Thursday, April 15, 2004

"First Directive" Update

You ever have one of those dreams where you're trying to scream and nothing comes out? No one notices you? You can't seem to get anyone's attention?

Well, with few notable exceptions, I can't seem to get through to anyone that the entire GOP is pulling the wool over everyone's eyes, stitching into their version of 'the facts' that the first national security directive of the Bush administration was the elimination of al Qaeda. It's not true. It's not true. It's not true. Scroll down for more on that.

But this REALLY cracks me up. It's one thing to find a few GOP members of Congress shoveling partisan BS. It's another thing entirely, however, to find foreign State Department offices publishing GOP talking points--verbatim--on their websites as "news." Check it out:

The Original GOP 'Fact Sheet'
The US Consulate General in Istanbul
The US Embassy in Slovenia

Next thing you know, they'll be pre-marking the overseas absentee ballots in November.

posted by Scott | 4/15/2004 | |

Sunday, April 11, 2004

A Lie Is Born - Bush's First National Security Directive

Much like the birth of a baby, watching a new Bush administration lie being born is alternately disgusting and fascinating. The specific lie that I'm referring to is the idea that combating al Qaeda was the subject of the Bush administration's first national security policy directive. As my regular readers know, I've been harping on this since Condoleeza Rice's testimony to the 9/11 Commission on Thursday. The details are as follows:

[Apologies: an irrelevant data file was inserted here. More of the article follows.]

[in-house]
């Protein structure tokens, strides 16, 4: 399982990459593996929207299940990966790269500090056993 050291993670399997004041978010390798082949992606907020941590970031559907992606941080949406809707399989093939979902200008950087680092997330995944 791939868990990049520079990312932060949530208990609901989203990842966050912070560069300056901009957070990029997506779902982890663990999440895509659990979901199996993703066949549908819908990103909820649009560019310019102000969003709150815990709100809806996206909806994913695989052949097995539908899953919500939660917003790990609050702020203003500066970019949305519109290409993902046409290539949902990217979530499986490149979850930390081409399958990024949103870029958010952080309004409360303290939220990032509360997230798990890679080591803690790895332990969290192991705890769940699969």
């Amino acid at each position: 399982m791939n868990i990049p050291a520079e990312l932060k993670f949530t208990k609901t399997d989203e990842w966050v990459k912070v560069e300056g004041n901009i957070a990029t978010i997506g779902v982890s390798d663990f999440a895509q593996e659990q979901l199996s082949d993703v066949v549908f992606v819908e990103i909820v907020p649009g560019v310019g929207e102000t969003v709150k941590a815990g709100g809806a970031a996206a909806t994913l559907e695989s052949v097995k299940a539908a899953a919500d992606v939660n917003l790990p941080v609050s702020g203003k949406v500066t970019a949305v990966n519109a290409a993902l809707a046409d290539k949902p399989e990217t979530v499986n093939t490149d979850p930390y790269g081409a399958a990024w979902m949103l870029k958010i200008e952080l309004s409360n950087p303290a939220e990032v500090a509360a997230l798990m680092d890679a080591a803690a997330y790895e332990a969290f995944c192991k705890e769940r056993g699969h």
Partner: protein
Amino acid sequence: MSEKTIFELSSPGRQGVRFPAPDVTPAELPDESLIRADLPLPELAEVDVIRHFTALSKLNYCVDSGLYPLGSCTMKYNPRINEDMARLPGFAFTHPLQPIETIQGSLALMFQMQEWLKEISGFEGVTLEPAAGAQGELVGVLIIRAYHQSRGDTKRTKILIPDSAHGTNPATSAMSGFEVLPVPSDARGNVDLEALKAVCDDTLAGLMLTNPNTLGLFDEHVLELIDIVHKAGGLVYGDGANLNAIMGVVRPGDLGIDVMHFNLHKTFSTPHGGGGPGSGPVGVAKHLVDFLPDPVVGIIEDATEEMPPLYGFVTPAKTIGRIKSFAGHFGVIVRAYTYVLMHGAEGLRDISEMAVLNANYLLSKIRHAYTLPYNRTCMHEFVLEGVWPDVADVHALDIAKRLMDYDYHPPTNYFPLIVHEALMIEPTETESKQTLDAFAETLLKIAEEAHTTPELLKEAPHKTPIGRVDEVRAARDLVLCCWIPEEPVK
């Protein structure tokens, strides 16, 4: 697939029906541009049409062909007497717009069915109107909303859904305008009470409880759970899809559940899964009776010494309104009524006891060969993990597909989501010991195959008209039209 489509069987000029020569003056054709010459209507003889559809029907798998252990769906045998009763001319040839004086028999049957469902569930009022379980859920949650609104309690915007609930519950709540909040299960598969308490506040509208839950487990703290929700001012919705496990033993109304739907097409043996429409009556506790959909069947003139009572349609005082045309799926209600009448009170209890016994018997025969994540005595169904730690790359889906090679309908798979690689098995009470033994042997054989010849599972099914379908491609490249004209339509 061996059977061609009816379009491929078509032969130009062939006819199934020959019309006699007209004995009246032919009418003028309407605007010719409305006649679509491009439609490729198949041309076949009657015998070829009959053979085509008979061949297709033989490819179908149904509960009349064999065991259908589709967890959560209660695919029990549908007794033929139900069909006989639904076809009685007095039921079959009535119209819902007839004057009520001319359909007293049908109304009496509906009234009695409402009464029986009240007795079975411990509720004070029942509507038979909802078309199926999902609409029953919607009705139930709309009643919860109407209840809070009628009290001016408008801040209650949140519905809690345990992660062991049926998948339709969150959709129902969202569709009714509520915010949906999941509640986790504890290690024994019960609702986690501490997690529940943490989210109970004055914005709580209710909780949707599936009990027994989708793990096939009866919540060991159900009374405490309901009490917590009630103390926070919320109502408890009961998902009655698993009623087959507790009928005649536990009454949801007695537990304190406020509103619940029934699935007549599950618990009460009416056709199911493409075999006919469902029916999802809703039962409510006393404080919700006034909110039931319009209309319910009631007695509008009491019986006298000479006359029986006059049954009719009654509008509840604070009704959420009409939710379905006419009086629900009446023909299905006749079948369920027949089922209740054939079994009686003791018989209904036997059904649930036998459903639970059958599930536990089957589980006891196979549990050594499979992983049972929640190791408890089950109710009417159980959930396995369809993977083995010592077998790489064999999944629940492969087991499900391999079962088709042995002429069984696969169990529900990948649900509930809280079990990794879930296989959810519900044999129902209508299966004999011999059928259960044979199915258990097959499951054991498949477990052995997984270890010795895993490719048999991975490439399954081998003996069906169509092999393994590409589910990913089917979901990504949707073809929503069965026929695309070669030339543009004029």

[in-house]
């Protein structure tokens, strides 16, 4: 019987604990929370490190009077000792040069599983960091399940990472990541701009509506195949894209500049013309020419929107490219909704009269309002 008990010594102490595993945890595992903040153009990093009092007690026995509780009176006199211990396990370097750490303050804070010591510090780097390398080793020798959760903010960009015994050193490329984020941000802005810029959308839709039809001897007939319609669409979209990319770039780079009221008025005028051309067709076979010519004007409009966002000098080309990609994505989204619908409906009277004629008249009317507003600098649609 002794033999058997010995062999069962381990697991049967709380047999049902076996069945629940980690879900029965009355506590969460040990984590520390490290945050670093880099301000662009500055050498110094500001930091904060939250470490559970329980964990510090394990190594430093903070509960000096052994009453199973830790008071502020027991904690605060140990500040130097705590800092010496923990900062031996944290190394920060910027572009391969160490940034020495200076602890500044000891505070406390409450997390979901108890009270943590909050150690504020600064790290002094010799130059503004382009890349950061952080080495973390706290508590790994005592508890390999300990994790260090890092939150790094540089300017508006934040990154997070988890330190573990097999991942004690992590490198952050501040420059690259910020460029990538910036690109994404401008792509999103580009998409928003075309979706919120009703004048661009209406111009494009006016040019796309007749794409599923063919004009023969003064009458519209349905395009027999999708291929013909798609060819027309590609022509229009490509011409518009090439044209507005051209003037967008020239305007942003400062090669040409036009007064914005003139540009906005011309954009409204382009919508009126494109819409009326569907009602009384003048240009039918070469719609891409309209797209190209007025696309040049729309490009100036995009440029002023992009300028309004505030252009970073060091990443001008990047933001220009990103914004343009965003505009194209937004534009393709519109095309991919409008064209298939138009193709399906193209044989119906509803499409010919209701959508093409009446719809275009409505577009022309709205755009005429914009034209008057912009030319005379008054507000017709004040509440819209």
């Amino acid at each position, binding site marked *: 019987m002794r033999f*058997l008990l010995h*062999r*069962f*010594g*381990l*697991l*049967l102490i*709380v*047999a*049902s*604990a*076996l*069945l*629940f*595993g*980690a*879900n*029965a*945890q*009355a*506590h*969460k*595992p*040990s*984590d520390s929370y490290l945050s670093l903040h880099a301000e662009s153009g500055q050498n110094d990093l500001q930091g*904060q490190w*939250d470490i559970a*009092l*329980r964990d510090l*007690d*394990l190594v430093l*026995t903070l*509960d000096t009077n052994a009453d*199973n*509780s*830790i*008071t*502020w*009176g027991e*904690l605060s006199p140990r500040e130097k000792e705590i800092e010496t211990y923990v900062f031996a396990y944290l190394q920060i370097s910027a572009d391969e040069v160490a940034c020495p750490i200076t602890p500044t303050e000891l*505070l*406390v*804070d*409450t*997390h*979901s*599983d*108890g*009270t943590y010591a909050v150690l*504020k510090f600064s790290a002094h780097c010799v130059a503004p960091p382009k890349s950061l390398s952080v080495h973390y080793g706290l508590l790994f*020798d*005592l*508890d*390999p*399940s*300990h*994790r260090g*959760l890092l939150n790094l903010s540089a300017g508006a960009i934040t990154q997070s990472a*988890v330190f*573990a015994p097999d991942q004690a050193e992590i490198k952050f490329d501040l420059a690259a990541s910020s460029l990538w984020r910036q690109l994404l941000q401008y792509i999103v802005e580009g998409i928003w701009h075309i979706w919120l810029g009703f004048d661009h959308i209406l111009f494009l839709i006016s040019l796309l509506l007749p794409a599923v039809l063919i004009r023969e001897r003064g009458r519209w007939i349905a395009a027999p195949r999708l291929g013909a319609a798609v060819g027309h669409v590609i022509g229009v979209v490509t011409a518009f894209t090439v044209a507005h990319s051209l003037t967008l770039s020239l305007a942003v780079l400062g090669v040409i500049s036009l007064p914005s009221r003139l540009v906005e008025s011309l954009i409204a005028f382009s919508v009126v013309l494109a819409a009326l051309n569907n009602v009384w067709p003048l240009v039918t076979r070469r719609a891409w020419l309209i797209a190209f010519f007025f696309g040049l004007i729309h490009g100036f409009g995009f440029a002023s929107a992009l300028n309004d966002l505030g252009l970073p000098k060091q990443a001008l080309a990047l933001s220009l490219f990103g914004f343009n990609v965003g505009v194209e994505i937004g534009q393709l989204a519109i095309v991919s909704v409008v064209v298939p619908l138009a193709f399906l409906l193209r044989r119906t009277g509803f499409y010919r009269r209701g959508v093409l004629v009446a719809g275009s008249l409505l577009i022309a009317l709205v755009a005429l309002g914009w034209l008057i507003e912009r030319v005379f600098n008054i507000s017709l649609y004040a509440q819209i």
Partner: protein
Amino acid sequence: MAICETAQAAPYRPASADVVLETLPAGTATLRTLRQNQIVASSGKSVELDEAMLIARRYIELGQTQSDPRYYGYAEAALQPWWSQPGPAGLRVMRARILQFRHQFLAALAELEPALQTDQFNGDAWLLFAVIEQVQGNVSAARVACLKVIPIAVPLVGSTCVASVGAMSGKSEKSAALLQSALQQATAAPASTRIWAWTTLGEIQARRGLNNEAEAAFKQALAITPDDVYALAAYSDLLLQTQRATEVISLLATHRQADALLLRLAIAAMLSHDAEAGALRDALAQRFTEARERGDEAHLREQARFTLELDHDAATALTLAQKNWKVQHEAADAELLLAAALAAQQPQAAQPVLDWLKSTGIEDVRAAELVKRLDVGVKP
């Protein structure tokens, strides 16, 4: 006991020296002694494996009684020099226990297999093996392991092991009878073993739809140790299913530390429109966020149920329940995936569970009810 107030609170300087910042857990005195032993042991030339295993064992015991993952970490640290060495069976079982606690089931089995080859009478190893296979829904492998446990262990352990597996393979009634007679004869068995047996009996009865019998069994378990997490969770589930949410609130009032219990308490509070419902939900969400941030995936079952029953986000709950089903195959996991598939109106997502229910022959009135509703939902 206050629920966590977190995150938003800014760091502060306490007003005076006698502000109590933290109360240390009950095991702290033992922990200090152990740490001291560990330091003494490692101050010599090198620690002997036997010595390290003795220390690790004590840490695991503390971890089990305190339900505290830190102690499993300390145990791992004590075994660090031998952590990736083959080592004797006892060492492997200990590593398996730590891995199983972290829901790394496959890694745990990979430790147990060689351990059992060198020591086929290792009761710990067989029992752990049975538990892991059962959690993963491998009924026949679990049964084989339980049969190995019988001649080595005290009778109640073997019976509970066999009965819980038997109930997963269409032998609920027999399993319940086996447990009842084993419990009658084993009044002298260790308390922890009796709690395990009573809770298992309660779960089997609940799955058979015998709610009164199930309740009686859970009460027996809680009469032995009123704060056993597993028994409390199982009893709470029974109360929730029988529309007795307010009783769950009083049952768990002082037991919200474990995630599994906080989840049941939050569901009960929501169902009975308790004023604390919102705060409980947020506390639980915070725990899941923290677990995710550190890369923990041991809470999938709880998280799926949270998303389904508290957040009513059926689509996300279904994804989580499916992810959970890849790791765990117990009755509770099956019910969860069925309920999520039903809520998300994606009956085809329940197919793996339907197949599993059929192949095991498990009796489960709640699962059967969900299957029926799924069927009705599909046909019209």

• During her prepared statement to the commission, Rice refers to "the elimination of al-Qaida" as "the very first major national security policy directive of the Bush administration," insisting that it was "not Russia, not missile defense, not Iraq." This directive was handed down from the White House on September 4, 2001.

• In the middle of her testimony, Matt Drudge posted the following headline at his website: "CONDI BOMBSHELL: BUSH'S FIRST NATIONAL SECURITY DIRECTIVE: ELIMINATE AL-QAEDA".

• As her testimony continued, under questioning from commission member Fred Fielding, Rice admitted that prior to September 4, 2001, the administration "did have a national security policy directive asking the CIA ... to review its intelligence activities, the way it gathered intelligence."

So did Rice lie?

Technically, she did not. She stated that the al Qaeda directive was "the very first major national security policy directive," not the absolute first.

However, it's clear that the wording of her statement was intentionally misleading. This was, after all, a prepared statement. A number of staffers--both policy and political--were involved in the preparation and wording of this statement. This was not something Rice came up with off the cuff. Her use of an adjective that, when removed, completely changes the meaning of the sentence is therefore even more inexcusable. Even her use of the word 'major' is questionable from a subjective viewpoint. Is not a directive asking the CIA to overhaul its intel gathering programs pretty damn major? To be sure, calling one directive more 'major' than another is a matter of opinion, but can that possibly be her true, honest, professional opinion?